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May 8, 2016 | by  | in Theatre |
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A Trial: “It’s Plaintiff to see”

A Trial, devised by Jo Randerson, Maria Williams, Joel Baxendale, Karin McCracken, and Anya Tate-Manning, transformed the dome stage at BATS into a courtroom. With Justice Jody Ranzerson bringing the New Zealand High Court to this beloved theatre space, for five nights, the public was given an opportunity to see a defamation case that TVNZ had brought against an unnamed defendant. The case investigated the TVNZ Kiwi survey and questioned whether it was a useful measure of national identity, or simply encouraged racism as the unnamed defendant suggested.

On each of the five nights, more of the trial was revealed and played out similarly to a ‘court-room’ drama. I would’ve liked to have attended every night, and seen how A Trial developed and reached a verdict. However when I went they managed to draw the audience in through a satirical depiction of the modern justice system, and were clear in setting up characters and their statuses within the room. I viewed the show on a Tuesday (the second night of A Trial): lawyers Mr Beckensdael and Miss Rizmackon examined two witnesses regarding the survey, one being David Farrar—creator of Kiwiblog. The witnesses seemed to be following a script provided, or like David Farrar were genuinely saying what they believe and know. This added veracity to A Trial, through the presentation of real evidence in front of a real jury selected from the Wellington public—it was not only comedic but authentic.

From a wider perspective, A Trial emphasised how lawyers ‘perform’ in courtrooms. Trials always seem performative; from the moment the judge enters and everyone rises, to the lawyers dramatising evidence to the jury to state their case and point. This was a key reason that the show was created, and Karin McCrackin and Joel Baxendale portrayed contrasting lawyers. Joel being the “boring” Plaintiff, ensuring all facts are heard even when they have very little relevance, and Karin being the “sharp-witted” Defence, serious and aggressive.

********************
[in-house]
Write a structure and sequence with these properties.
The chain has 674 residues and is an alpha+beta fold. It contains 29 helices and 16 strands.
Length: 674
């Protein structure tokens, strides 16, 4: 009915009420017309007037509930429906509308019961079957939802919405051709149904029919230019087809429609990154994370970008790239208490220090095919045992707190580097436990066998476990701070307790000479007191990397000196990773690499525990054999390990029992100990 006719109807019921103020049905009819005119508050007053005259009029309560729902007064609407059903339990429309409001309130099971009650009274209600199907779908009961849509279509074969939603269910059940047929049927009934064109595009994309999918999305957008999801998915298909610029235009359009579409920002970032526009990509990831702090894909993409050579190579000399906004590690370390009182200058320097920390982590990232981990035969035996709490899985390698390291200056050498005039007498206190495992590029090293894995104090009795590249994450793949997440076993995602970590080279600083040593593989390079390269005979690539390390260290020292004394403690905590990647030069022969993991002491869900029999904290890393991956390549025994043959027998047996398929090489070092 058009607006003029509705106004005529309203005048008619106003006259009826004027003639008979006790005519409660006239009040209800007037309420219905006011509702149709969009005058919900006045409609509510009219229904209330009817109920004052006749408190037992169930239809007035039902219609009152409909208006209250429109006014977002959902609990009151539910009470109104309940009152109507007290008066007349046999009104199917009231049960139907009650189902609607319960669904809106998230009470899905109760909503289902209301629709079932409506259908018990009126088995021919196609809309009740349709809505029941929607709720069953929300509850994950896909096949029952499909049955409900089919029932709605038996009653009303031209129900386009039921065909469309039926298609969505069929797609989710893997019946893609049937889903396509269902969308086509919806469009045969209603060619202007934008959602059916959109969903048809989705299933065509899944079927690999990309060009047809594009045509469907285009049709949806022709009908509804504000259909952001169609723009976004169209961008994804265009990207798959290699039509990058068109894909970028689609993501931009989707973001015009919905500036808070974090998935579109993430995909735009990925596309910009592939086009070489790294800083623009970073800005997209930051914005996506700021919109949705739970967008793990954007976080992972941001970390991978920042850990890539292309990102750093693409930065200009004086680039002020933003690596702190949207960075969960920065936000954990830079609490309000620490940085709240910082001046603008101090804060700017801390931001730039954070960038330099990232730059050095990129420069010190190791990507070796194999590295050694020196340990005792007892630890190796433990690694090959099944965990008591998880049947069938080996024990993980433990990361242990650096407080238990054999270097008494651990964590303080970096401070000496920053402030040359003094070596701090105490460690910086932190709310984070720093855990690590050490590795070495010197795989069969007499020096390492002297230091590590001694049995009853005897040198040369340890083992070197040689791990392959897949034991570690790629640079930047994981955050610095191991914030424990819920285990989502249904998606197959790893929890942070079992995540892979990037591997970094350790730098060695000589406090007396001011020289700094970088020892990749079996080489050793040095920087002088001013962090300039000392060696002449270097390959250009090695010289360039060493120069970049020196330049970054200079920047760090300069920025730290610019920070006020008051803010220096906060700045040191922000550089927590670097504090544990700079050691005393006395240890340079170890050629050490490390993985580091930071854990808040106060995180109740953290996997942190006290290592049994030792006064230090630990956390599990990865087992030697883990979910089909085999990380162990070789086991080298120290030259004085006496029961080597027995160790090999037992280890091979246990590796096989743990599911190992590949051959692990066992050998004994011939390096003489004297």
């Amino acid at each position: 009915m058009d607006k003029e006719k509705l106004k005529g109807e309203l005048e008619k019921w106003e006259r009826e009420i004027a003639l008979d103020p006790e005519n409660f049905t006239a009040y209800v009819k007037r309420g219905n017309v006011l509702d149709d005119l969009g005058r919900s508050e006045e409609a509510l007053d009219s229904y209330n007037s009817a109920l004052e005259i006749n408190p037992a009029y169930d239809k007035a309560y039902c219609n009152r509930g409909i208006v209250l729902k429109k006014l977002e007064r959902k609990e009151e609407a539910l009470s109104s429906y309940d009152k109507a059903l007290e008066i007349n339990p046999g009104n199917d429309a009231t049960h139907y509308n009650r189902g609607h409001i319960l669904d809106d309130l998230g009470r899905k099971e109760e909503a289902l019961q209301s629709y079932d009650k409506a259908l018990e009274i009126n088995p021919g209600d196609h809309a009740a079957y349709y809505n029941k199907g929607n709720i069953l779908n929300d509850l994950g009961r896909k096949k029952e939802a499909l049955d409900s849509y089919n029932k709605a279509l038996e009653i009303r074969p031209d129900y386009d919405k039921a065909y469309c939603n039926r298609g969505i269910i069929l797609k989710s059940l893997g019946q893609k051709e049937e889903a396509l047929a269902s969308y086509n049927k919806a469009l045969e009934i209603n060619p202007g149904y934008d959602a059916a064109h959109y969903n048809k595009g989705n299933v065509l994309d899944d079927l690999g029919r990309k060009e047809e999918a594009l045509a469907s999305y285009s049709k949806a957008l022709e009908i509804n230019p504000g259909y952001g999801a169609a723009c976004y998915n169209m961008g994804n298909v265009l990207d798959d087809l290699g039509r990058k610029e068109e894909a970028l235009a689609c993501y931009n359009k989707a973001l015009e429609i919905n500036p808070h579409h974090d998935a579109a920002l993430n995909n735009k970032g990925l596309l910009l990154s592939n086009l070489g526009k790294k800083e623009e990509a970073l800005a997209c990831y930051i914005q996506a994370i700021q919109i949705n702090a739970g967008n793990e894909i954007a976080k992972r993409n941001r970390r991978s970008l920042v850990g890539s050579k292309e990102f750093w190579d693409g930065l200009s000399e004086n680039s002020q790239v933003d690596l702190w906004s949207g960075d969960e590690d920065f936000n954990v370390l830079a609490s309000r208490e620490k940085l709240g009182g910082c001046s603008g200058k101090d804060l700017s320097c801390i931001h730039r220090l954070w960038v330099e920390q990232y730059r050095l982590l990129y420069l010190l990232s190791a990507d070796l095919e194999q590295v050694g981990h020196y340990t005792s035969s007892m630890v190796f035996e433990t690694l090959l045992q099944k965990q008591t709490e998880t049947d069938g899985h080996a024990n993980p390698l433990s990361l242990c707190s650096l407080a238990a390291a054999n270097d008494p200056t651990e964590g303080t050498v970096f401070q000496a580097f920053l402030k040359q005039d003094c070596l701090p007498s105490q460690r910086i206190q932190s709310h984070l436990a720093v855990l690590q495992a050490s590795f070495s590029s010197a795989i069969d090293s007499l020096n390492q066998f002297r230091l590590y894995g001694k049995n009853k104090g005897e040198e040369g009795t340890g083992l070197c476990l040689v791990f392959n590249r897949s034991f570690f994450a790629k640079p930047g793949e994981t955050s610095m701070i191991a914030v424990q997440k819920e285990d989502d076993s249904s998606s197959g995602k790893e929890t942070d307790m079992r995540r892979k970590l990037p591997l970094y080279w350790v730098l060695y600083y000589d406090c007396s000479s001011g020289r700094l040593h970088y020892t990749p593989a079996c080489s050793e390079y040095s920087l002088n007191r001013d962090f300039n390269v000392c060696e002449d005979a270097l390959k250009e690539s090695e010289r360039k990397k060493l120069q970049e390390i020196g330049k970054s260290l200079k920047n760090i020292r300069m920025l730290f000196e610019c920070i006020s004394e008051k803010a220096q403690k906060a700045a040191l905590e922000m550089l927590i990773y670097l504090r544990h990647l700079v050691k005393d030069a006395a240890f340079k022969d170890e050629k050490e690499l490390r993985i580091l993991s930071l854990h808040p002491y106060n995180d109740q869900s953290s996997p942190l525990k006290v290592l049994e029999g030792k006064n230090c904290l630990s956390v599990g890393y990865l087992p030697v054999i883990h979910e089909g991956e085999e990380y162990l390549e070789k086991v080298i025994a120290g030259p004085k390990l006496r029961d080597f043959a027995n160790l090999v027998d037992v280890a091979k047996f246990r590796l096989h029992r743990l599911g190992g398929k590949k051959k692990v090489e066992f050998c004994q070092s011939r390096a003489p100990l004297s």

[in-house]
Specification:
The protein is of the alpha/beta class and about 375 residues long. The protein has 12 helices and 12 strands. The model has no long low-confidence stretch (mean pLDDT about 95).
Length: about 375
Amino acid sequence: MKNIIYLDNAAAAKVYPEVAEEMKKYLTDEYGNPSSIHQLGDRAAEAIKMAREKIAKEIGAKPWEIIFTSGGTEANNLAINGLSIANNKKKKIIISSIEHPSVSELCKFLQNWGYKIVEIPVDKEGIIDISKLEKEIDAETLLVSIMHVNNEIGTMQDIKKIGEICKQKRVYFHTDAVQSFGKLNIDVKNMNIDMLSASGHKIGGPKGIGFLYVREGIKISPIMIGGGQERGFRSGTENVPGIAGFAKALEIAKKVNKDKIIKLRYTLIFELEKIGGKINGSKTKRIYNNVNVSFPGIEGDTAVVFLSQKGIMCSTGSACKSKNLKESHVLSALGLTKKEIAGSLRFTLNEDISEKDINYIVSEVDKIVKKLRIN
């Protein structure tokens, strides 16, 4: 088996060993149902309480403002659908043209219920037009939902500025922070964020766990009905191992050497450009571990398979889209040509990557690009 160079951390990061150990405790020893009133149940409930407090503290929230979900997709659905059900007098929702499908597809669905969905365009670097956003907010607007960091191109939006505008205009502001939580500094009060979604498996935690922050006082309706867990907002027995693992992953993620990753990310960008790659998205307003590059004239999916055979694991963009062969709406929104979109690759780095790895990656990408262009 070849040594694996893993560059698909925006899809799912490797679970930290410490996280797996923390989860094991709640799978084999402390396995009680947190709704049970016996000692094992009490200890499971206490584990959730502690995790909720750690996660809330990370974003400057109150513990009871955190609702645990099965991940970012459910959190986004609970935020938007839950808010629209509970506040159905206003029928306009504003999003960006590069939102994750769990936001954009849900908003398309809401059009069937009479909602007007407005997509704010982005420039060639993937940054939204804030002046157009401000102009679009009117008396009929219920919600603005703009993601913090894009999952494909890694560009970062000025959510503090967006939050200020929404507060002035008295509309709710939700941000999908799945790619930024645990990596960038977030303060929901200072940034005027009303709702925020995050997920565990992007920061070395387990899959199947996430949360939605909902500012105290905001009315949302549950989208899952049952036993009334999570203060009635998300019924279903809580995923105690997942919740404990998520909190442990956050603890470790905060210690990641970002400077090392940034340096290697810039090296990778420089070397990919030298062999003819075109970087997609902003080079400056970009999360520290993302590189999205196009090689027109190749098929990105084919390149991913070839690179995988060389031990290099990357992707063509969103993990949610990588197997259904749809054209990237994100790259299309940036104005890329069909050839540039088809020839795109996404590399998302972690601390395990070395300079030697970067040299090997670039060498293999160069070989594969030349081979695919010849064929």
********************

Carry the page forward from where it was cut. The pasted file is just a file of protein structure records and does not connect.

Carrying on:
The producer Jo Randerson, a highly valued theatre practitioner and judge for A Trial, showed the audience just how little judges are required in courtrooms. As she sat centre stage of the Dome, in her grand cardboard stand (designed by Nick Zwart and Meg Rollandi) she was visible to all audience members. Trying to be subtle, she expressed many emotions judges undoubtedly consider throughout the trial: from boredom to critiquing the lawyers, Justice Jody Ranzerson fell asleep with her travel pillow, craved some chips, and even started blowing bubbles. Her quips sought to distract the audience as the lawyers spoke, and caused me to question whether the information from the lawyers was necessary.

Courtney T. Aker (Williams) as the court taker, and Jacqui Strongarm (Tate-Manning) as member of the press, performed their roles entertainingly, through Courtney eating an apple behind her clipboard and only occasionally court taking, and Jacqui’s incessant need to take pictures even though it was forbidden. These moments added to the parody and illustrated how intrusive the media can be.  

Overall, A Trial was an authentic and interesting piece of theatre, revealing the performative nature of courtrooms and how old fashioned the modern justice system is. A Trial is now over, and I can now confirm that the jury decided the unnamed Defence was not guilty for defamation. I hope the cast presents another case for theatre-goers to engage with.

What’s on this week?

Comedy Festival continues this week with improv and comedy coming out of our ears! Between the assignments that are due and tests to study for, go and enjoy what it has to offer!

 

On at BATS:

Taking Off the Bird Suit

May 10–14, at 6.30pm

Look at Me

May 10–14, at 7.00pm

It Goes On

May 10–14, at 9.00pm

50 Minutes Plus Laughs

May 12–14, at 8.30pm

 

On at Circa Theatre:

Promise and Promiscuity

May 3–21, at 7.30pm

 

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